(b) The cause by systematic observation of any stoppages:
First determining whether stoppage was caused by misfire or by faulty loading:
This could be done by observing either by removing the bottom plate or by looking through the hole in the side of the slide.
(Note: Never, under any circumstances the top cover plate could be opened.)
If the breech block was up, it was probably a misfire and it had to be treated as such.
If the breech block was down, it was the fault of improper loading and the projectile that should have fired, had to be located.
The location of the projectile would generally indicate the cause of improper loading thus allowing the Captain to immediately ascertain the time required to correct the fault and either making the quick correction or declaring the gun out of commission so that fire may be resumed on the other guns.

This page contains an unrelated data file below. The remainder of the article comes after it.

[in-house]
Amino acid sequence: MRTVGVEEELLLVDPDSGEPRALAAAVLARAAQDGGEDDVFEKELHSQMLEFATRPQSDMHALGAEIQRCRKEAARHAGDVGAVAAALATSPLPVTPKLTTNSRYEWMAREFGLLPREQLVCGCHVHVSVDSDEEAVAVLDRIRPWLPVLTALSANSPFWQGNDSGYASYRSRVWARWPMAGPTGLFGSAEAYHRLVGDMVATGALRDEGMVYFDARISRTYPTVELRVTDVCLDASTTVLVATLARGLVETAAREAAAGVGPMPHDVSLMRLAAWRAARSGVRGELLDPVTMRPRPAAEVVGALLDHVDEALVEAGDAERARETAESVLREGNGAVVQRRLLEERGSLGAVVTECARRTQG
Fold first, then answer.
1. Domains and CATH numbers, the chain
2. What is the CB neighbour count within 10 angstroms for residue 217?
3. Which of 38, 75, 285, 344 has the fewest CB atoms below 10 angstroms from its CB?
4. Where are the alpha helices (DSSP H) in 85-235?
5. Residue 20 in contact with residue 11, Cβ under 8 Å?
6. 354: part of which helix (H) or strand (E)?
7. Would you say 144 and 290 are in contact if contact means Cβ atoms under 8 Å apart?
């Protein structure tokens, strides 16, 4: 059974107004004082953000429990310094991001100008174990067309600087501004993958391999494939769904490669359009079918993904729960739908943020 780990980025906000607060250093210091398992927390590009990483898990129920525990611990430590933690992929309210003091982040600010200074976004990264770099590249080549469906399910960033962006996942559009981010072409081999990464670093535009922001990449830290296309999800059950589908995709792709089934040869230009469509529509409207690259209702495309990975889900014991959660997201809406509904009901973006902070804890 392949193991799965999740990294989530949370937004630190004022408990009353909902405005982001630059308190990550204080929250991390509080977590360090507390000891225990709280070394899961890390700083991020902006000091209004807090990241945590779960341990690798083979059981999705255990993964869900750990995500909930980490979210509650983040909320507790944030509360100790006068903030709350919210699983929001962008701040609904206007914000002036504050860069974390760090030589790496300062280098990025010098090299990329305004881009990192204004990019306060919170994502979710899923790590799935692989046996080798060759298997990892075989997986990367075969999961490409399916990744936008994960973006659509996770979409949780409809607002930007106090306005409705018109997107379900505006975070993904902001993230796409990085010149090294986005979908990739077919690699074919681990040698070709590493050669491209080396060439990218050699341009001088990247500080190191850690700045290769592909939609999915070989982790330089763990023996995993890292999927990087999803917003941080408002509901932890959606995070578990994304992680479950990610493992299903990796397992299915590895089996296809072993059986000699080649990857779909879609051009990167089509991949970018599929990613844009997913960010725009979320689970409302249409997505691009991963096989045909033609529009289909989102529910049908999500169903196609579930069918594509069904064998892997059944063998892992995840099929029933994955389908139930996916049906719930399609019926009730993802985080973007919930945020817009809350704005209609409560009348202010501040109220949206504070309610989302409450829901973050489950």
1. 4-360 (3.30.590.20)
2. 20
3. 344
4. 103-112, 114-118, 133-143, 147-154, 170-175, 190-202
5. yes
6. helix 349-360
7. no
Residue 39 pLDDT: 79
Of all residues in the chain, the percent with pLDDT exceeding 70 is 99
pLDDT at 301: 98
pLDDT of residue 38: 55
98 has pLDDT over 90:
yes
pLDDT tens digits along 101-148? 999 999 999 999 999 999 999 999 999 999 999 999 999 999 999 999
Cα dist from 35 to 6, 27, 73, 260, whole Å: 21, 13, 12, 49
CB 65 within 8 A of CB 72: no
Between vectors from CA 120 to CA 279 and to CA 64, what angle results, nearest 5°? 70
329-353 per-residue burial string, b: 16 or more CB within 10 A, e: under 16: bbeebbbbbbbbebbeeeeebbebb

If a misfire occurred in action and repeated efforts to fire failed, the projectile had to be immediately removed and tossed over the side.
If not in action, a period of five minutes had to elapse before removal of the projectile had to be attempted.
He had to be constantly on the alert for dangers arising from firing, for vacated stations due to casualties and had to immediately fill those stations with personnel available.
At the conclusion of an attack his first action had to be proper treatment and removal of the injured and the immediate preparation of his mount for future attacks.
The minimum gun crew for the 40mm quad was 11 men, gun captain, pointer, trainer, four first loaders and four second loaders.
The second loaders pass the clips of four rounds from the ready service racks to the first loader.
The first loaders, one for each gun, load the clips into the loader assemblies.
After the gun captain received his firing orders, he transmitted them to the pointer.
|USN photo submitted by Pieter Bakels.|
|198k||Gun Director Mk.40||Photograph courtesy of Pieter Bakels.|
|118k||Gun Director Mk.40||Photograph courtesy of Pieter Bakels.|